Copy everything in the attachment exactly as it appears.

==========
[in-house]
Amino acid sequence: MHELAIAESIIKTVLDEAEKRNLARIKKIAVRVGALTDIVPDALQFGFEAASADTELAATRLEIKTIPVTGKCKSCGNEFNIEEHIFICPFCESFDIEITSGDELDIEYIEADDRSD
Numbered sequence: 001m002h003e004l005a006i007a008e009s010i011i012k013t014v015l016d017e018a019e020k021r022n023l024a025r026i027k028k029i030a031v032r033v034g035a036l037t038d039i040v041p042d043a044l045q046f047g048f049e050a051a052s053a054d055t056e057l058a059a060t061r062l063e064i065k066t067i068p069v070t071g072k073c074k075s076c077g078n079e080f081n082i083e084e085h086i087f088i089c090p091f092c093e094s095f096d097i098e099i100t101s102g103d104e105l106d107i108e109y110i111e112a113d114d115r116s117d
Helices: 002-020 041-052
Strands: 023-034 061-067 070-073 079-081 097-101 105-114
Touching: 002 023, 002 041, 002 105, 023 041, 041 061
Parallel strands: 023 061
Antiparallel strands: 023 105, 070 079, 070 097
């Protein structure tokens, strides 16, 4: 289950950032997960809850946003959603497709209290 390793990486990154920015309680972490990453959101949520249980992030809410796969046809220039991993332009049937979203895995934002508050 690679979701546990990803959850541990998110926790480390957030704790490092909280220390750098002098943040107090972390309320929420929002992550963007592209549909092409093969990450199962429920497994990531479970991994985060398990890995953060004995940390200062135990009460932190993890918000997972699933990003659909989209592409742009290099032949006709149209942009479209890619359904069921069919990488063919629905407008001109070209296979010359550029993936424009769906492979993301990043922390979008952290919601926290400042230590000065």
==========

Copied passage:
[in-house]
Amino acid sequence: MHELAIAESIIKTVLDEAEKRNLARIKKIAVRVGALTDIVPDALQFGFEAASADTELAATRLEIKTIPVTGKCKSCGNEFNIEEHIFICPFCESFDIEITSGDELDIEYIEADDRSD
Numbered sequence: 001m002h003e004l005a006i007a008e009s010i011i012k013t014v015l016d017e018a019e020k021r022n023l024a025r026i027k028k029i030a031v032r033v034g035a036l037t038d039i040v041p042d043a044l045q046f047g048f049e050a051a052s053a054d055t056e057l058a059a060t061r062l063e064i065k066t067i068p069v070t071g072k073c074k075s076c077g078n079e080f081n082i083e084e085h086i087f088i089c090p091f092c093e094s095f096d097i098e099i100t101s102g103d104e105l106d107i108e109y110i111e112a113d114d115r116s117d
Helices: 002-020 041-052
Strands: 023-034 061-067 070-073 079-081 097-101 105-114
Touching: 002 023, 002 041, 002 105, 023 041, 041 061
Parallel strands: 023 061
Antiparallel strands: 023 105, 070 079, 070 097
């Protein structure tokens, strides 16, 4: 289950950032997960809850946003959603497709209290 390793990486990154920015309680972490990453959101949520249980992030809410796969046809220039991993332009049937979203895995934002508050 690679979701546990990803959850541990998110926790480390957030704790490092909280220390750098002098943040107090972390309320929420929002992550963007592209549909092409093969990450199962429920497994990531479970991994985060398990890995953060004995940390200062135990009460932190993890918000997972699933990003659909989209592409742009290099032949006709149209942009479209890619359904069921069919990488063919629905407008001109070209296979010359550029993936424009769906492979993301990043922390979008952290919601926290400042230590000065």